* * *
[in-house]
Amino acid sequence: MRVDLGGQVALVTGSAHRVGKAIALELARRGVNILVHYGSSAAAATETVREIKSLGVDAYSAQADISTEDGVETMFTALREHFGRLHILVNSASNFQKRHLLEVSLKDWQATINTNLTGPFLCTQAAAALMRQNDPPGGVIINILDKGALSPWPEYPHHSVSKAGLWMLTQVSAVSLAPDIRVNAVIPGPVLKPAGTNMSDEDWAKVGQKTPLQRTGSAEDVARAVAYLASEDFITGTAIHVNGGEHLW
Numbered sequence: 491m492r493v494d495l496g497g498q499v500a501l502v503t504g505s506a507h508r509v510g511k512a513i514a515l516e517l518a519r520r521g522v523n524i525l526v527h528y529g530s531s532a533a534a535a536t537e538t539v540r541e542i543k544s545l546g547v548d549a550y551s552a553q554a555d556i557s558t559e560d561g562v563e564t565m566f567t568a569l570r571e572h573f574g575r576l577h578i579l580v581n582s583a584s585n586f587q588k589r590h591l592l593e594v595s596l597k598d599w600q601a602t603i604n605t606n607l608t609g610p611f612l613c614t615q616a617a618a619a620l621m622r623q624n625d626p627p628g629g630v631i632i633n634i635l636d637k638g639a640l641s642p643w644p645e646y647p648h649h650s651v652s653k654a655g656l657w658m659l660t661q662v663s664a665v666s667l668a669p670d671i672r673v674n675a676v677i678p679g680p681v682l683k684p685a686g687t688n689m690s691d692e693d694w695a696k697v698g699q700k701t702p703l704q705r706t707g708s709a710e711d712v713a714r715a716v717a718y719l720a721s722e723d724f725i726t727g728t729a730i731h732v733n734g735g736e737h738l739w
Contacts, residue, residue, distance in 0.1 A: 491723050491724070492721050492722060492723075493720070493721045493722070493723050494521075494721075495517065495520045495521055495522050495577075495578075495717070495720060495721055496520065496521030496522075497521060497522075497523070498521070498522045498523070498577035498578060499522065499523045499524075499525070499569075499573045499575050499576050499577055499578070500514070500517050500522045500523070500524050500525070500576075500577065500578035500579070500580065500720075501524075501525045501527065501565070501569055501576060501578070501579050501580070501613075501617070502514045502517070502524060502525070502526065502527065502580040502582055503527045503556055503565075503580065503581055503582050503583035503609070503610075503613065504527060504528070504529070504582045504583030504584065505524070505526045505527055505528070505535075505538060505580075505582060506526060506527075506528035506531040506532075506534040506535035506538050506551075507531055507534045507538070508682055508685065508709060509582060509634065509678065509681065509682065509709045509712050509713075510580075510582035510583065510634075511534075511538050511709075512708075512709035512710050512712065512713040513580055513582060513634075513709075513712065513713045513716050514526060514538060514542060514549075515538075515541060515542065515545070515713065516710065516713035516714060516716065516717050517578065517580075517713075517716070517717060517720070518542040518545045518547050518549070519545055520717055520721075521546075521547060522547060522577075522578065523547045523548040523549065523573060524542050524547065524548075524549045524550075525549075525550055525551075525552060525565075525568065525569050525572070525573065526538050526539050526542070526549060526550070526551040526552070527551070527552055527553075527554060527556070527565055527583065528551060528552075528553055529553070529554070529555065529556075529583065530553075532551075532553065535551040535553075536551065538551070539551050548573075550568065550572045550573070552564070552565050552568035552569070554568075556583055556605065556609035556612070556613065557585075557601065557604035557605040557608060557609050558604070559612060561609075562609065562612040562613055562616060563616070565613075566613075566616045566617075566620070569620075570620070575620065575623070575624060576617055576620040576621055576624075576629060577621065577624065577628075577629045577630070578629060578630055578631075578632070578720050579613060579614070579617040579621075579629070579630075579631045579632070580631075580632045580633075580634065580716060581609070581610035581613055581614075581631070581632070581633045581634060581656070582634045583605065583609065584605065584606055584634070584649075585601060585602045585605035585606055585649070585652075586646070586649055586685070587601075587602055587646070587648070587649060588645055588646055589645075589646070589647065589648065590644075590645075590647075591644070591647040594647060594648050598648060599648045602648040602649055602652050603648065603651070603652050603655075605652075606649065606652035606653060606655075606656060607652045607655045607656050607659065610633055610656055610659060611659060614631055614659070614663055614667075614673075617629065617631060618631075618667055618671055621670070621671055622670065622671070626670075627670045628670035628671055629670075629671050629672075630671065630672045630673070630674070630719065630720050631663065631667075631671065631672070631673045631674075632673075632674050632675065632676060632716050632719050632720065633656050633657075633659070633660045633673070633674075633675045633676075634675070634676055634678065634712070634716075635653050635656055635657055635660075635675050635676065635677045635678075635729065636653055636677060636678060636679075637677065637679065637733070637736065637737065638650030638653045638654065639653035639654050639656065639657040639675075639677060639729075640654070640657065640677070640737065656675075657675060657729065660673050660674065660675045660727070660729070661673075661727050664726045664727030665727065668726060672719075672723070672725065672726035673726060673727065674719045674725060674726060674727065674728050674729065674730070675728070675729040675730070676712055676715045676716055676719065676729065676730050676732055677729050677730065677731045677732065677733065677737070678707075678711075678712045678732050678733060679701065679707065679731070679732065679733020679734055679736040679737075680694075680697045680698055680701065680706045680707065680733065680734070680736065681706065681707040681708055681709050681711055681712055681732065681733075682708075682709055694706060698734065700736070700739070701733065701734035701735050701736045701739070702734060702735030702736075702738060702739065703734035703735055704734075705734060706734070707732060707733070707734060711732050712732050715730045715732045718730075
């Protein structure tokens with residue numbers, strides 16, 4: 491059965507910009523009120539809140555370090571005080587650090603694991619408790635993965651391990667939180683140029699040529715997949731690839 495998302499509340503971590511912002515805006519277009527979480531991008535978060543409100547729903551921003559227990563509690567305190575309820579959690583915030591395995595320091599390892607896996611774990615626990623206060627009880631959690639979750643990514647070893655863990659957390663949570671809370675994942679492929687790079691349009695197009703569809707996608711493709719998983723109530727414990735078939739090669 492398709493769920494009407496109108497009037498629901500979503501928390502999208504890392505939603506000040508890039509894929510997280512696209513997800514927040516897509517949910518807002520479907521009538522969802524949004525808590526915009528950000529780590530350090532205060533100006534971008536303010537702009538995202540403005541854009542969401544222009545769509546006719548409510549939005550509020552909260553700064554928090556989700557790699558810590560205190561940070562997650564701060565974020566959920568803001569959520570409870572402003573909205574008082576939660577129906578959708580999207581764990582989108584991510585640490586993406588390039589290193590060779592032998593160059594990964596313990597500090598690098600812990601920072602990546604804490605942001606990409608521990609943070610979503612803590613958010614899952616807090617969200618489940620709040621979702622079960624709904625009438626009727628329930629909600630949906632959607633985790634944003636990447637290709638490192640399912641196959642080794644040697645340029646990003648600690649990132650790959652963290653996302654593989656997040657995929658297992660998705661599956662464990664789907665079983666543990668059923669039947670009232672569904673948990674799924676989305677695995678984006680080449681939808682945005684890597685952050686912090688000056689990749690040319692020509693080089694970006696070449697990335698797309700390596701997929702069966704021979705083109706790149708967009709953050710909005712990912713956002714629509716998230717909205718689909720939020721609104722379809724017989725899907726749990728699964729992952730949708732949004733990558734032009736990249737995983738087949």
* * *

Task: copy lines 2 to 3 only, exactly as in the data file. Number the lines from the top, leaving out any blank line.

Amino acid sequence: MRVDLGGQVALVTGSAHRVGKAIALELARRGVNILVHYGSSAAAATETVREIKSLGVDAYSAQADISTEDGVETMFTALREHFGRLHILVNSASNFQKRHLLEVSLKDWQATINTNLTGPFLCTQAAAALMRQNDPPGGVIINILDKGALSPWPEYPHHSVSKAGLWMLTQVSAVSLAPDIRVNAVIPGPVLKPAGTNMSDEDWAKVGQKTPLQRTGSAEDVARAVAYLASEDFITGTAIHVNGGEHLW
Numbered sequence: 491m492r493v494d495l496g497g498q499v500a501l502v503t504g505s506a507h508r509v510g511k512a513i514a515l516e517l518a519r520r521g522v523n524i525l526v527h528y529g530s531s532a533a534a535a536t537e538t539v540r541e542i543k544s545l546g547v548d549a550y551s552a553q554a555d556i557s558t559e560d561g562v563e564t565m566f567t568a569l570r571e572h573f574g575r576l577h578i579l580v581n582s583a584s585n586f587q588k589r590h591l592l593e594v595s596l597k598d599w600q601a602t603i604n605t606n607l608t609g610p611f612l613c614t615q616a617a618a619a620l621m622r623q624n625d626p627p628g629g630v631i632i633n634i635l636d637k638g639a640l641s642p643w644p645e646y647p648h649h650s651v652s653k654a655g656l657w658m659l660t661q662v663s664a665v666s667l668a669p670d671i672r673v674n675a676v677i678p679g680p681v682l683k684p685a686g687t688n689m690s691d692e693d694w695a696k697v698g699q700k701t702p703l704q705r706t707g708s709a710e711d712v713a714r715a716v717a718y719l720a721s722e723d724f725i726t727g728t729a730i731h732v733n734g735g736e737h738l739w